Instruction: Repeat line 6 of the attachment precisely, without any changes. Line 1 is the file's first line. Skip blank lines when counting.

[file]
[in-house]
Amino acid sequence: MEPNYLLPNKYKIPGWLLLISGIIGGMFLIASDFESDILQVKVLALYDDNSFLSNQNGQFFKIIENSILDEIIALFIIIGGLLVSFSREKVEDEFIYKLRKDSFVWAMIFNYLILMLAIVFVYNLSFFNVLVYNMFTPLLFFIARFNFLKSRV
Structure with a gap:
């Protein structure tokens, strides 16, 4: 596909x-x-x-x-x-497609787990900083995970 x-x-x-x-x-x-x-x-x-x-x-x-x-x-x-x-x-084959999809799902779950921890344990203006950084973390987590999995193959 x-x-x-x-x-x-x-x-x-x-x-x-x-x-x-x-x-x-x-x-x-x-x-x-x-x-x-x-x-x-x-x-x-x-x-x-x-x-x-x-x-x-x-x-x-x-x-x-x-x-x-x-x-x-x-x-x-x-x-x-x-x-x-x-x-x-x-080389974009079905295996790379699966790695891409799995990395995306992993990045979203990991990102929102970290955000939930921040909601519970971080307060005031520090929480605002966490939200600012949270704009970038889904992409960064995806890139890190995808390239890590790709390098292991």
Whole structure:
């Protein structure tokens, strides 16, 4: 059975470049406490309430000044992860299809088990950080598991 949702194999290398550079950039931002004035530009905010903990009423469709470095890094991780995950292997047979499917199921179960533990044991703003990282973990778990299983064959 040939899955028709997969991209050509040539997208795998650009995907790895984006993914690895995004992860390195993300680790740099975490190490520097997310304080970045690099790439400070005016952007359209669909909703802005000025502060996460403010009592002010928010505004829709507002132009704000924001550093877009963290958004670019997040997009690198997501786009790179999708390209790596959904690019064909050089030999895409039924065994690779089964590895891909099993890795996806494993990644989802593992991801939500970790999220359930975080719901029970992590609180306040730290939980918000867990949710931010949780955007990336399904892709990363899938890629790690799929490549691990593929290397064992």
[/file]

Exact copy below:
């Protein structure tokens, strides 16, 4: 059975470049406490309430000044992860299809088990950080598991 949702194999290398550079950039931002004035530009905010903990009423469709470095890094991780995950292997047979499917199921179960533990044991703003990282973990778990299983064959 040939899955028709997969991209050509040539997208795998650009995907790895984006993914690895995004992860390195993300680790740099975490190490520097997310304080970045690099790439400070005016952007359209669909909703802005000025502060996460403010009592002010928010505004829709507002132009704000924001550093877009963290958004670019997040997009690198997501786009790179999708390209790596959904690019064909050089030999895409039924065994690779089964590895891909099993890795996806494993990644989802593992991801939500970790999220359930975080719901029970992590609180306040730290939980918000867990949710931010949780955007990336399904892709990363899938890629790690799929490549691990593929290397064992």